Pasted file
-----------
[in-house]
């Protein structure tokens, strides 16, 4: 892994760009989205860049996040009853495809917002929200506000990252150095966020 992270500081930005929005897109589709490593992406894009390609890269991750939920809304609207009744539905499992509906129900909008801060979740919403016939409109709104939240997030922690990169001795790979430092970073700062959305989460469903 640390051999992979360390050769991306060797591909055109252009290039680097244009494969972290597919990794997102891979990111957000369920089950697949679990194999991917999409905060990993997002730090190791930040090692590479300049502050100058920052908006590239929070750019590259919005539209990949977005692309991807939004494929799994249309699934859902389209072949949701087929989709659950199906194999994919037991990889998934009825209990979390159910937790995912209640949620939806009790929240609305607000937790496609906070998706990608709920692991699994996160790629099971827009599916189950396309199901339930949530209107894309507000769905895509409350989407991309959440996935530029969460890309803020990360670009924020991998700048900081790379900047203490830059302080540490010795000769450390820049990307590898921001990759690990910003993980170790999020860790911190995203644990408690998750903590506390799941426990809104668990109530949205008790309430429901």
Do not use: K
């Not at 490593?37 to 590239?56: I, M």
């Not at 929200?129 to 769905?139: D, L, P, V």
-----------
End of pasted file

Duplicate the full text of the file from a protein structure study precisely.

[in-house]
């Protein structure tokens, strides 16, 4: 892994760009989205860049996040009853495809917002929200506000990252150095966020 992270500081930005929005897109589709490593992406894009390609890269991750939920809304609207009744539905499992509906129900909008801060979740919403016939409109709104939240997030922690990169001795790979430092970073700062959305989460469903 640390051999992979360390050769991306060797591909055109252009290039680097244009494969972290597919990794997102891979990111957000369920089950697949679990194999991917999409905060990993997002730090190791930040090692590479300049502050100058920052908006590239929070750019590259919005539209990949977005692309991807939004494929799994249309699934859902389209072949949701087929989709659950199906194999994919037991990889998934009825209990979390159910937790995912209640949620939806009790929240609305607000937790496609906070998706990608709920692991699994996160790629099971827009599916189950396309199901339930949530209107894309507000769905895509409350989407991309959440996935530029969460890309803020990360670009924020991998700048900081790379900047203490830059302080540490010795000769450390820049990307590898921001990759690990910003993980170790999020860790911190995203644990408690998750903590506390799941426990809104668990109530949205008790309430429901």
Do not use: K
């Not at 490593?37 to 590239?56: I, M």
């Not at 929200?129 to 769905?139: D, L, P, V």